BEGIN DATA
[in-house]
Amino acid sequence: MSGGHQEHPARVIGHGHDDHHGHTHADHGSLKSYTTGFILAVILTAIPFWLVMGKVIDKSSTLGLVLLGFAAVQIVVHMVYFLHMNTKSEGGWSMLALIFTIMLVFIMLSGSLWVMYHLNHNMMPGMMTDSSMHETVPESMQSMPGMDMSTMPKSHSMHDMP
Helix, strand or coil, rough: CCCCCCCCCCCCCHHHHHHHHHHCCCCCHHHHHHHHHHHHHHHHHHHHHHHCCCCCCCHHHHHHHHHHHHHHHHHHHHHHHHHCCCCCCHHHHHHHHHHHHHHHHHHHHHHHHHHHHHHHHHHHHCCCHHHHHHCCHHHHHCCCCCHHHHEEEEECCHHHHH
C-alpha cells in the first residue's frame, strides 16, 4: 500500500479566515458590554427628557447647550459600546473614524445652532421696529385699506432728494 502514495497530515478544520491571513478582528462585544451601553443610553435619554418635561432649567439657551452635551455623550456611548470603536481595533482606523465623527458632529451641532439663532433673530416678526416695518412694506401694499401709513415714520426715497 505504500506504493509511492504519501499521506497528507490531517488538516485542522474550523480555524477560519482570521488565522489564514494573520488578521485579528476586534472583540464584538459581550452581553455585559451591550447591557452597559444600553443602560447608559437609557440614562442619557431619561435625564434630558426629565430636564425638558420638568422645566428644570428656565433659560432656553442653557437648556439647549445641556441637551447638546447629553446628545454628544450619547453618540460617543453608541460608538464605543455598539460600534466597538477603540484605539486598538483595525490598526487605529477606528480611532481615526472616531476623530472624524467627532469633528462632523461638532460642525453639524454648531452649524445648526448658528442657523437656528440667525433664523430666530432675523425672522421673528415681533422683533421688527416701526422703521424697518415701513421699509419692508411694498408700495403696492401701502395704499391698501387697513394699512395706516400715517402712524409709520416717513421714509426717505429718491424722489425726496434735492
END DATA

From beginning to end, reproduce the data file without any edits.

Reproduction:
[in-house]
Amino acid sequence: MSGGHQEHPARVIGHGHDDHHGHTHADHGSLKSYTTGFILAVILTAIPFWLVMGKVIDKSSTLGLVLLGFAAVQIVVHMVYFLHMNTKSEGGWSMLALIFTIMLVFIMLSGSLWVMYHLNHNMMPGMMTDSSMHETVPESMQSMPGMDMSTMPKSHSMHDMP
Helix, strand or coil, rough: CCCCCCCCCCCCCHHHHHHHHHHCCCCCHHHHHHHHHHHHHHHHHHHHHHHCCCCCCCHHHHHHHHHHHHHHHHHHHHHHHHHCCCCCCHHHHHHHHHHHHHHHHHHHHHHHHHHHHHHHHHHHHCCCHHHHHHCCHHHHHCCCCCHHHHEEEEECCHHHHH
C-alpha cells in the first residue's frame, strides 16, 4: 500500500479566515458590554427628557447647550459600546473614524445652532421696529385699506432728494 502514495497530515478544520491571513478582528462585544451601553443610553435619554418635561432649567439657551452635551455623550456611548470603536481595533482606523465623527458632529451641532439663532433673530416678526416695518412694506401694499401709513415714520426715497 505504500506504493509511492504519501499521506497528507490531517488538516485542522474550523480555524477560519482570521488565522489564514494573520488578521485579528476586534472583540464584538459581550452581553455585559451591550447591557452597559444600553443602560447608559437609557440614562442619557431619561435625564434630558426629565430636564425638558420638568422645566428644570428656565433659560432656553442653557437648556439647549445641556441637551447638546447629553446628545454628544450619547453618540460617543453608541460608538464605543455598539460600534466597538477603540484605539486598538483595525490598526487605529477606528480611532481615526472616531476623530472624524467627532469633528462632523461638532460642525453639524454648531452649524445648526448658528442657523437656528440667525433664523430666530432675523425672522421673528415681533422683533421688527416701526422703521424697518415701513421699509419692508411694498408700495403696492401701502395704499391698501387697513394699512395706516400715517402712524409709520416717513421714509426717505429718491424722489425726496434735492